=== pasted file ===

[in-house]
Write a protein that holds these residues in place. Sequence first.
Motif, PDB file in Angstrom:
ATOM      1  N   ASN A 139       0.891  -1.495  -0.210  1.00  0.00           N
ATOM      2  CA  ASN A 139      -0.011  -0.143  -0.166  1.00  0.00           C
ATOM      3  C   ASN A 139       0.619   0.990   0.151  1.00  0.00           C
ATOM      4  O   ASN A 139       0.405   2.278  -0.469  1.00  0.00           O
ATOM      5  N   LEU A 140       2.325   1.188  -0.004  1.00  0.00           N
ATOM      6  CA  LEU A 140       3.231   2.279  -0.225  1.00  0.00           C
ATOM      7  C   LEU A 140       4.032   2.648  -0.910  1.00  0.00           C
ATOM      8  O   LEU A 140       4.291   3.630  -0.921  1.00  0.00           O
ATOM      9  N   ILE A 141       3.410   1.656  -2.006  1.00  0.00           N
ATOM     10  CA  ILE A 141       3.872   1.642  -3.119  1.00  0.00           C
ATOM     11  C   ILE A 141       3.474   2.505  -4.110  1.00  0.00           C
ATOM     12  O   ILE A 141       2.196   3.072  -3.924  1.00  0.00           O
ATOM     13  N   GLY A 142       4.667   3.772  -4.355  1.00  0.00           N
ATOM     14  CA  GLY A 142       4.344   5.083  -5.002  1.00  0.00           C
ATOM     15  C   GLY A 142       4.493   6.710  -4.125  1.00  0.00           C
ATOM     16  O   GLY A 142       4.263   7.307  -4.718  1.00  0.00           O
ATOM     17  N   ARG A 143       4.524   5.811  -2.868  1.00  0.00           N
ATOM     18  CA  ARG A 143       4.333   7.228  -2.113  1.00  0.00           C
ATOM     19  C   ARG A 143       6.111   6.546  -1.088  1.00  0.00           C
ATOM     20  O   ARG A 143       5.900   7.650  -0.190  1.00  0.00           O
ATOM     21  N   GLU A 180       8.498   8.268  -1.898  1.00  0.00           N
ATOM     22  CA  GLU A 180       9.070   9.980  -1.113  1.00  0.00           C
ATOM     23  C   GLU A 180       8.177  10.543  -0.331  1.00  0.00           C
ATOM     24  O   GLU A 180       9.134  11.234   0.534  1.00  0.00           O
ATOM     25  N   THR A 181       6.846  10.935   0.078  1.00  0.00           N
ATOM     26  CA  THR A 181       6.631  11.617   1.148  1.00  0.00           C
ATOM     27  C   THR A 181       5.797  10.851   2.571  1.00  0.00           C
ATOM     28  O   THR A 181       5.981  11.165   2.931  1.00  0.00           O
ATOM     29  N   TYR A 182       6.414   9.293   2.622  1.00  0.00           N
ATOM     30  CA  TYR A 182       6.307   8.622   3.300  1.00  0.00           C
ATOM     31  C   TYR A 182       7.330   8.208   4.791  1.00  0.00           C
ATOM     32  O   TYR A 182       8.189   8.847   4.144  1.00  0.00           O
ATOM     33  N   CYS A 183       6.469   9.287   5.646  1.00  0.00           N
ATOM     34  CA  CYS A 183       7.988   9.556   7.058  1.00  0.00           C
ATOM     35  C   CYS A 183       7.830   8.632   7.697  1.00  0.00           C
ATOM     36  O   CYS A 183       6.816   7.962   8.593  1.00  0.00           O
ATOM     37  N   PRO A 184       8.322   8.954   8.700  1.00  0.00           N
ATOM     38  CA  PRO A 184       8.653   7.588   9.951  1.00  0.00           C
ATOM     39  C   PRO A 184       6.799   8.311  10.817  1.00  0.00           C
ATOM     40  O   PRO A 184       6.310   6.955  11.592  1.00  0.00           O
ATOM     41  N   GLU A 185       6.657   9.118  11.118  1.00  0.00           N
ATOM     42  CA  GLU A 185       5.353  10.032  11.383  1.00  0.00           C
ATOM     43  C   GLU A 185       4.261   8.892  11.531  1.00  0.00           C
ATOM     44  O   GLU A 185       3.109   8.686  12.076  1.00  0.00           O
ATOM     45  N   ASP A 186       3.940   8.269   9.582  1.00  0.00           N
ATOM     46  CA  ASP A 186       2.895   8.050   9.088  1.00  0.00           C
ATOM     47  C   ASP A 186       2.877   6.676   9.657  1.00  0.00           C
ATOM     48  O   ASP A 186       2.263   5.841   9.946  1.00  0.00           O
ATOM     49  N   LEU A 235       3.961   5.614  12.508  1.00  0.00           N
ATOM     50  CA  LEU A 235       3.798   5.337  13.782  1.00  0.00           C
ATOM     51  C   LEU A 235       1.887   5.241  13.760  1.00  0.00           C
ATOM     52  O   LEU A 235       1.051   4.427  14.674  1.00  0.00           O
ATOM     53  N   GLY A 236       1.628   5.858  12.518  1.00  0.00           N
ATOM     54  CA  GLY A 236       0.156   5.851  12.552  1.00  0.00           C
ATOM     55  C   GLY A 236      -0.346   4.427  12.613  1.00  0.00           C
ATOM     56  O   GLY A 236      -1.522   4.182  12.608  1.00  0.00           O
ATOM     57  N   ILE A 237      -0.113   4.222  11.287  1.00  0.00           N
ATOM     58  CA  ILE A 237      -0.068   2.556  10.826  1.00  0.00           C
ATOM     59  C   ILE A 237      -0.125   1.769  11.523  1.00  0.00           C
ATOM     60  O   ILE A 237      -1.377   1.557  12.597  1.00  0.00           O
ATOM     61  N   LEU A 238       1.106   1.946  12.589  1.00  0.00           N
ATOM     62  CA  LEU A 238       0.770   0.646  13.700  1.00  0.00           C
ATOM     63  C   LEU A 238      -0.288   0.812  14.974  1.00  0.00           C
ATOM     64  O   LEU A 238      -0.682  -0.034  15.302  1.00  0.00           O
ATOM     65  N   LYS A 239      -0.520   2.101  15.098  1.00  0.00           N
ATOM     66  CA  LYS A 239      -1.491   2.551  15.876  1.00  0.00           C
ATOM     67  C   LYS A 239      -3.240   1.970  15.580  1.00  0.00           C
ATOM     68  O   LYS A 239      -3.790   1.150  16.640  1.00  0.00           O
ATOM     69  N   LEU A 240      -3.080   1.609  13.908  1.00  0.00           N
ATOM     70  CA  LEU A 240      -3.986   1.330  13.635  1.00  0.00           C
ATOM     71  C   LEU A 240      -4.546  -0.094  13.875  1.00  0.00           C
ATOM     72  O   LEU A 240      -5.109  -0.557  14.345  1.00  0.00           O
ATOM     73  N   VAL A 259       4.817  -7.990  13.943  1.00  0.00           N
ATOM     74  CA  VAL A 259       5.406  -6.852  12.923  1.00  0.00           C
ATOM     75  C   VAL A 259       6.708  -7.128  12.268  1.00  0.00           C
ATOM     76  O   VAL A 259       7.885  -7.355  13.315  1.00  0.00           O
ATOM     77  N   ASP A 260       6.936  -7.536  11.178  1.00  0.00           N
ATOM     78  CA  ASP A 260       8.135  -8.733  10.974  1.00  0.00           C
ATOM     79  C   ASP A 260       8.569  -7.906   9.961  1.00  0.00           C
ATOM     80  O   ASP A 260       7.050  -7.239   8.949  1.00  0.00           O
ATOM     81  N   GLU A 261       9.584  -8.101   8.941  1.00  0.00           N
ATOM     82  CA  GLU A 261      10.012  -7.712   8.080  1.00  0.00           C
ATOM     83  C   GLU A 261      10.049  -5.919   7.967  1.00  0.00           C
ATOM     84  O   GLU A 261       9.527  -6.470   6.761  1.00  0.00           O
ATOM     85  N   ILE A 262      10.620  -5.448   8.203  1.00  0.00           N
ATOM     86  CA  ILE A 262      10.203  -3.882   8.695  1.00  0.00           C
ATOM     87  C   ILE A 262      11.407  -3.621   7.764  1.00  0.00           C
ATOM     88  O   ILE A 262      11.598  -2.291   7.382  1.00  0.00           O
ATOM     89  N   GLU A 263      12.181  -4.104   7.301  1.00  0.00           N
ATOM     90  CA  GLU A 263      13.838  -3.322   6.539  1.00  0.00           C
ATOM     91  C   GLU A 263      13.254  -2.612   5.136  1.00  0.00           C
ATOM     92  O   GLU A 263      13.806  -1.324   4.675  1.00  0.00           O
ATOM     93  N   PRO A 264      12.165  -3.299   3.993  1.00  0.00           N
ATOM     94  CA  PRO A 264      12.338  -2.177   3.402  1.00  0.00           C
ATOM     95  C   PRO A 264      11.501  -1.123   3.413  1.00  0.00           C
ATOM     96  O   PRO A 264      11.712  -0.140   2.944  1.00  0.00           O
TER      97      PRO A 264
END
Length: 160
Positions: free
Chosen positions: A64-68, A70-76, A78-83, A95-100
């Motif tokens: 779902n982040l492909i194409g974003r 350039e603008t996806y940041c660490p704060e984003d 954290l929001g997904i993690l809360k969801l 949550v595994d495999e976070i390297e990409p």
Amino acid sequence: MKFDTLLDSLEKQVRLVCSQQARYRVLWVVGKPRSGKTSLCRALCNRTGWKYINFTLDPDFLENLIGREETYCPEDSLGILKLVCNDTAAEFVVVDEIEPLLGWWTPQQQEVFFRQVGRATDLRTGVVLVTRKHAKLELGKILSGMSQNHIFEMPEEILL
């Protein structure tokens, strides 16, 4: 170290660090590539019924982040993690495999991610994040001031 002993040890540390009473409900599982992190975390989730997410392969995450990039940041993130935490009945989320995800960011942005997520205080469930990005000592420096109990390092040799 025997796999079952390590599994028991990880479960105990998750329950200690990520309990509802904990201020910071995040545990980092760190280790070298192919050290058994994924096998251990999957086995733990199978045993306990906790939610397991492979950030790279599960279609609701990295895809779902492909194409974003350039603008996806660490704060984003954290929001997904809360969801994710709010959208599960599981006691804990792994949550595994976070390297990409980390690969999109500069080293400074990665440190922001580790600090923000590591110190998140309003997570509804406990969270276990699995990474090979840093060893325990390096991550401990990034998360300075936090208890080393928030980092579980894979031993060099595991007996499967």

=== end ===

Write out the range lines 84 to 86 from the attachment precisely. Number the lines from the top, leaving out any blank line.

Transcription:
ATOM     81  N   GLU A 261       9.584  -8.101   8.941  1.00  0.00           N
ATOM     82  CA  GLU A 261      10.012  -7.712   8.080  1.00  0.00           C
ATOM     83  C   GLU A 261      10.049  -5.919   7.967  1.00  0.00           C